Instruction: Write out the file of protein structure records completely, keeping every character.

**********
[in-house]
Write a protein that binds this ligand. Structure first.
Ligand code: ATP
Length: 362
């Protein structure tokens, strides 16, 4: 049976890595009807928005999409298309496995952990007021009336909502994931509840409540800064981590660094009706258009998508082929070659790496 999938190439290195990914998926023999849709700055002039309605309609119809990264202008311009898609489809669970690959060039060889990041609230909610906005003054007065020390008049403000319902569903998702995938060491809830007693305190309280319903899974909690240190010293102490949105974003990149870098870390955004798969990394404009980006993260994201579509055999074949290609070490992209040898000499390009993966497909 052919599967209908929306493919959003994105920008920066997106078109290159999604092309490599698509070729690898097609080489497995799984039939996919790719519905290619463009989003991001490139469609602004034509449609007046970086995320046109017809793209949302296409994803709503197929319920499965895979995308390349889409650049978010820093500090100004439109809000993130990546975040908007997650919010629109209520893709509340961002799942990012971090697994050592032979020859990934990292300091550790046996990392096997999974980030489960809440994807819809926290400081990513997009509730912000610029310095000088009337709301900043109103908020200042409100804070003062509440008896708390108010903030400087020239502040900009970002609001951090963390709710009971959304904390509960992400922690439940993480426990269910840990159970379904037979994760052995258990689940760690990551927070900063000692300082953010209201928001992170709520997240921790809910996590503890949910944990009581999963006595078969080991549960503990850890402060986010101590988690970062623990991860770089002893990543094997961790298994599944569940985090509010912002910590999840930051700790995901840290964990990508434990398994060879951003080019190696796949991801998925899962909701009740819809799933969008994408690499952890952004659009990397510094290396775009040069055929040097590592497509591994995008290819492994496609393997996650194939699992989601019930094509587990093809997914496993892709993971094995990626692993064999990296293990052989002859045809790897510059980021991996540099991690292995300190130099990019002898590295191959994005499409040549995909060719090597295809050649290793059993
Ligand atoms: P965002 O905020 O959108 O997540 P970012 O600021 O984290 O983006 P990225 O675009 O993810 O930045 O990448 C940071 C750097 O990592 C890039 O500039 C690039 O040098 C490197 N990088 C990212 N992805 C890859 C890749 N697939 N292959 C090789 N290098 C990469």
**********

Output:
[in-house]
Write a protein that binds this ligand. Structure first.
Ligand code: ATP
Length: 362
């Protein structure tokens, strides 16, 4: 049976890595009807928005999409298309496995952990007021009336909502994931509840409540800064981590660094009706258009998508082929070659790496 999938190439290195990914998926023999849709700055002039309605309609119809990264202008311009898609489809669970690959060039060889990041609230909610906005003054007065020390008049403000319902569903998702995938060491809830007693305190309280319903899974909690240190010293102490949105974003990149870098870390955004798969990394404009980006993260994201579509055999074949290609070490992209040898000499390009993966497909 052919599967209908929306493919959003994105920008920066997106078109290159999604092309490599698509070729690898097609080489497995799984039939996919790719519905290619463009989003991001490139469609602004034509449609007046970086995320046109017809793209949302296409994803709503197929319920499965895979995308390349889409650049978010820093500090100004439109809000993130990546975040908007997650919010629109209520893709509340961002799942990012971090697994050592032979020859990934990292300091550790046996990392096997999974980030489960809440994807819809926290400081990513997009509730912000610029310095000088009337709301900043109103908020200042409100804070003062509440008896708390108010903030400087020239502040900009970002609001951090963390709710009971959304904390509960992400922690439940993480426990269910840990159970379904037979994760052995258990689940760690990551927070900063000692300082953010209201928001992170709520997240921790809910996590503890949910944990009581999963006595078969080991549960503990850890402060986010101590988690970062623990991860770089002893990543094997961790298994599944569940985090509010912002910590999840930051700790995901840290964990990508434990398994060879951003080019190696796949991801998925899962909701009740819809799933969008994408690499952890952004659009990397510094290396775009040069055929040097590592497509591994995008290819492994496609393997996650194939699992989601019930094509587990093809997914496993892709993971094995990626692993064999990296293990052989002859045809790897510059980021991996540099991690292995300190130099990019002898590295191959994005499409040549995909060719090597295809050649290793059993
Ligand atoms: P965002 O905020 O959108 O997540 P970012 O600021 O984290 O983006 P990225 O675009 O993810 O930045 O990448 C940071 C750097 O990592 C890039 O500039 C690039 O040098 C490197 N990088 C990212 N992805 C890859 C890749 N697939 N292959 C090789 N290098 C990469």